• What type of finished product are you looking for? You can get a glass-clear palatial look with additional grinding and polishing passes. Be very clear on your expected outcome with your contractor, and talk to at least three. My job was economical and suited the look I was going for. I have a nice, smooth shiny surface. However, it could have been taken further, to a higher gloss, and bleached to perfections. Some contractors will be limited to what their machines can do, so be sure to try to speak to both the high-end and the economy company to get a thorough picture on what is possible for your floor, and what your willing to forgo for cost efficiency.

How much will resurfacing terrazzo flooring cost?

Now that you have an overview of the issues you may encounter when resurfacing your terrazzo, you should have an idea of the work that will be involved. Here's a typical item list of services provided by a contractor. My estimate took into consideration every task, including the number of nails to be removed and ground down.

  • Carpet, Tile, or wood floor removal
  • Nail removal
  • Hole repair/crack repair (epoxy fill)
  • Stain removal
  • Number of grindings required
  • Seal

Grinding through buffing.

Finding The Right Contractor

To save money, I did as much of the prep work as possible. And, admittedly, I chose the inexpensive guy who probably purchased his own concrete grinder and hires himself out for economical jobs like mine. A more expensive 'restoration' company probably would have recommended more thorough stain removal, had more accurate matching epoxy for hole patching, and also covered nail ends with epoxy. Also, more grinding, with finer diamond grinders will give the floor an even glossier glow. So, it all depends on what you're going for. For me, if I put in a palatial looking floor, well, then I'd have to upgrade my whole house to match it!

I removed my own tile and carpet. I used the ammonia/peroxide method to take out a couple of discolorations on the main floor. This worked pretty good for what looked like some type of spills, however, it did not work well enough to get rid of the glue stains. The contractor said that the grinding process would probably take care of the glue stains, but it did not. I may go back at some point and re-do the parameter of the larger room to eliminate that stain.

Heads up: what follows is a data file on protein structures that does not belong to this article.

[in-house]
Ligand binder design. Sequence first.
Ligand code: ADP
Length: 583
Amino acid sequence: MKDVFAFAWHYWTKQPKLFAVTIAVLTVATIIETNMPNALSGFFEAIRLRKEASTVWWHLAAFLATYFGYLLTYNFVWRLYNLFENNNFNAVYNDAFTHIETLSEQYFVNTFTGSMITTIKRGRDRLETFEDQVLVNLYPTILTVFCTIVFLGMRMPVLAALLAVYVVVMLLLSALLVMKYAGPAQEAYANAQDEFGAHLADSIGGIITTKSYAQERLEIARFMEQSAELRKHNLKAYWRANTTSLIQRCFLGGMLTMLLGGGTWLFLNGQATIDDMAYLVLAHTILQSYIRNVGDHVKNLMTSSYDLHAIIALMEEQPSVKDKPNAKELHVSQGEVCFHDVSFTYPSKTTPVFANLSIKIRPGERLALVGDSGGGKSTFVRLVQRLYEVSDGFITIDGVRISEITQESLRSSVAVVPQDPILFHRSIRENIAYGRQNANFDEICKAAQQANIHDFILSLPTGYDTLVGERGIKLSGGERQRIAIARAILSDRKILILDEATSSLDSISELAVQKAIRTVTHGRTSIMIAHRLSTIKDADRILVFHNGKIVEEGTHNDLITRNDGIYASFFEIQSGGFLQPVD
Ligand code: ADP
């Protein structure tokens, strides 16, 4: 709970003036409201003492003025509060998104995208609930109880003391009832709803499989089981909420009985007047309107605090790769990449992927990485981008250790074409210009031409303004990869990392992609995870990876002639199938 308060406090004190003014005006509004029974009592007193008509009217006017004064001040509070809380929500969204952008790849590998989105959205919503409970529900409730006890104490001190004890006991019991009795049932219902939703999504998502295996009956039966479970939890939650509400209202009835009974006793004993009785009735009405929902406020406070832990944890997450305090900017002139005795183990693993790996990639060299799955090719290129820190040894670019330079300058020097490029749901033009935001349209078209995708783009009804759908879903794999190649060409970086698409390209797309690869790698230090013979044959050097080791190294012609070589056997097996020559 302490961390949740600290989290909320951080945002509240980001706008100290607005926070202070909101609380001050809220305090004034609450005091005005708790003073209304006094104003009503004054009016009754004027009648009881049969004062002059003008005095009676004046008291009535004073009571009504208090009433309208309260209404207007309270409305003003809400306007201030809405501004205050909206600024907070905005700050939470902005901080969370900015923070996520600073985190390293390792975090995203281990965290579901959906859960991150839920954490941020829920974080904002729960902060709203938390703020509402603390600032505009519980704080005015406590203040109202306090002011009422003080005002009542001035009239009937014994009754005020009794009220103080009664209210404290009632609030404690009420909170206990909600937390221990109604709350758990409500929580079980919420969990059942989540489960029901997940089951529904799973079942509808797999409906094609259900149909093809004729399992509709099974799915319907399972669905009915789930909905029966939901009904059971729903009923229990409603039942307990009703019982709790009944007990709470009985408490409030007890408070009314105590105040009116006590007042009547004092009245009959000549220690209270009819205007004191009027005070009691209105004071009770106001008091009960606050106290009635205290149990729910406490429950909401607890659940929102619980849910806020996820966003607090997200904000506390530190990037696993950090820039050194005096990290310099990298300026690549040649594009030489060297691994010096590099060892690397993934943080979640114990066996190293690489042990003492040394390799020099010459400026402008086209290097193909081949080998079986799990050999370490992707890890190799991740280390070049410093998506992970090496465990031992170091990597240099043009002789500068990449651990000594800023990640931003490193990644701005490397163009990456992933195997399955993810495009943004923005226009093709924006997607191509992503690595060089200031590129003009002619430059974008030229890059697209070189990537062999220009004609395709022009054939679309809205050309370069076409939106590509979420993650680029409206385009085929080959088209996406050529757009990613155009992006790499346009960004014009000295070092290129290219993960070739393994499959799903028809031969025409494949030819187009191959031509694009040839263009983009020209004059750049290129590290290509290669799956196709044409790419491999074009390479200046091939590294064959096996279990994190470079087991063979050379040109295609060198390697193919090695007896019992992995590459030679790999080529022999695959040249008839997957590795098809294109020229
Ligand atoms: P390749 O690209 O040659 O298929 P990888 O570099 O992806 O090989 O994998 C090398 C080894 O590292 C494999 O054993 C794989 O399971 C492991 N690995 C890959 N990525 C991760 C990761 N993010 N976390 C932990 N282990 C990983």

Itemized breakdown of my job:

  1. Four carpet tack strips removed
  2. 16 nails cut/ground
  3. Three small holes patched
  4. Diamond grinding
  5. Terrazzo sealant

I ended up using a local contractor, for some very basic services. He gave me the impression that he was a small business owner in a franchise situation. We discussed what I wanted on the phone. Then he visited to inspect the floor and write an estimate for me. I had a bedroom and adjoining bath done for $450, which is less expensive than what I would have paid for carpeting.

My terrazzo has flecks of light slate blue and bits of carmel against a very white background.

My terrazzo has flecks of light slate blue and bits of carmel against a very white background.

Preparing the room.

You will need to completely clear the room for this process. If you are having old flooring removed, designate a place to put the discards unless you're having the contractors haul it away. If you're having a significant amount of stain removal, it's good to vent the area during, and after the process. If there are no windows in the room, consider setting up some portable fans to help you through the drying processes.

For the actual terrazzo grinding, you may want to drape or partially drape your walls so you'll have less to clean up later. The process leaves a fine dust residue on walls and exposed surfaces. The process requires entirely wetting the floor, and then they will wet vac the area. They will need somewhere to dump the water, similar to having your carpet cleaned.